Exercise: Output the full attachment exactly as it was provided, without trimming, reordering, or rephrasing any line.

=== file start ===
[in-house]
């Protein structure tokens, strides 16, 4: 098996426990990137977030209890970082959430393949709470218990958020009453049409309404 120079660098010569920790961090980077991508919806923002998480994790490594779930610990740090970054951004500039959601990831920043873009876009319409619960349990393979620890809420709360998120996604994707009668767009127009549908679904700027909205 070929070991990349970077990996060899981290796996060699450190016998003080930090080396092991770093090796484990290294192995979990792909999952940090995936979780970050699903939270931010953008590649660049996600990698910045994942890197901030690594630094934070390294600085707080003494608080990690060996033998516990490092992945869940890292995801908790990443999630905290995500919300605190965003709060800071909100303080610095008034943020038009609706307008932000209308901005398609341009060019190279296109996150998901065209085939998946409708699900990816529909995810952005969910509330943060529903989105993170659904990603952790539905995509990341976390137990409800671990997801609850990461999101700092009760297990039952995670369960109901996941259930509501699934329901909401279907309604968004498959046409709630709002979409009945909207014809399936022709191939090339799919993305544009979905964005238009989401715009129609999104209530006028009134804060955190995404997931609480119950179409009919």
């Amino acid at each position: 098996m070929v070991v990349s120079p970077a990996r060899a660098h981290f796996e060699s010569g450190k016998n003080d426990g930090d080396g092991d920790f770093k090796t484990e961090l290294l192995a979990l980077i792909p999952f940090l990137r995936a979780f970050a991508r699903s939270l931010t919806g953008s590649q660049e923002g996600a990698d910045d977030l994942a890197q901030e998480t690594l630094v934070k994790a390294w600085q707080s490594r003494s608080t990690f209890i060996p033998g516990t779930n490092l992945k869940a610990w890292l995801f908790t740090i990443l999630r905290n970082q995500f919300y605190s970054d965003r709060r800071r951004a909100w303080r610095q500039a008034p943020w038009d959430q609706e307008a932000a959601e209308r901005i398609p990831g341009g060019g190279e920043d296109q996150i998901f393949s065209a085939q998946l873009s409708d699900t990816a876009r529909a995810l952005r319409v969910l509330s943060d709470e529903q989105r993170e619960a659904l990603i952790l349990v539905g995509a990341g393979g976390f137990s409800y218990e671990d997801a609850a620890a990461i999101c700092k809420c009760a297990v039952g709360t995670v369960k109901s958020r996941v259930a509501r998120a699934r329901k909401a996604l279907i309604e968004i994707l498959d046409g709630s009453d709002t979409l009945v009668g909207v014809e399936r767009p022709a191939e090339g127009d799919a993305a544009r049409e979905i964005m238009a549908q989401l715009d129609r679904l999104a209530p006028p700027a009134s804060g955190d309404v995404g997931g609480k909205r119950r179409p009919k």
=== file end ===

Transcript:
[in-house]
């Protein structure tokens, strides 16, 4: 098996426990990137977030209890970082959430393949709470218990958020009453049409309404 120079660098010569920790961090980077991508919806923002998480994790490594779930610990740090970054951004500039959601990831920043873009876009319409619960349990393979620890809420709360998120996604994707009668767009127009549908679904700027909205 070929070991990349970077990996060899981290796996060699450190016998003080930090080396092991770093090796484990290294192995979990792909999952940090995936979780970050699903939270931010953008590649660049996600990698910045994942890197901030690594630094934070390294600085707080003494608080990690060996033998516990490092992945869940890292995801908790990443999630905290995500919300605190965003709060800071909100303080610095008034943020038009609706307008932000209308901005398609341009060019190279296109996150998901065209085939998946409708699900990816529909995810952005969910509330943060529903989105993170659904990603952790539905995509990341976390137990409800671990997801609850990461999101700092009760297990039952995670369960109901996941259930509501699934329901909401279907309604968004498959046409709630709002979409009945909207014809399936022709191939090339799919993305544009979905964005238009989401715009129609999104209530006028009134804060955190995404997931609480119950179409009919």
């Amino acid at each position: 098996m070929v070991v990349s120079p970077a990996r060899a660098h981290f796996e060699s010569g450190k016998n003080d426990g930090d080396g092991d920790f770093k090796t484990e961090l290294l192995a979990l980077i792909p999952f940090l990137r995936a979780f970050a991508r699903s939270l931010t919806g953008s590649q660049e923002g996600a990698d910045d977030l994942a890197q901030e998480t690594l630094v934070k994790a390294w600085q707080s490594r003494s608080t990690f209890i060996p033998g516990t779930n490092l992945k869940a610990w890292l995801f908790t740090i990443l999630r905290n970082q995500f919300y605190s970054d965003r709060r800071r951004a909100w303080r610095q500039a008034p943020w038009d959430q609706e307008a932000a959601e209308r901005i398609p990831g341009g060019g190279e920043d296109q996150i998901f393949s065209a085939q998946l873009s409708d699900t990816a876009r529909a995810l952005r319409v969910l509330s943060d709470e529903q989105r993170e619960a659904l990603i952790l349990v539905g995509a990341g393979g976390f137990s409800y218990e671990d997801a609850a620890a990461i999101c700092k809420c009760a297990v039952g709360t995670v369960k109901s958020r996941v259930a509501r998120a699934r329901k909401a996604l279907i309604e968004i994707l498959d046409g709630s009453d709002t979409l009945v009668g909207v014809e399936r767009p022709a191939e090339g127009d799919a993305a544009r049409e979905i964005m238009a549908q989401l715009d129609r679904l999104a209530p006028p700027a009134s804060g955190d309404v995404g997931g609480k909205r119950r179409p009919k």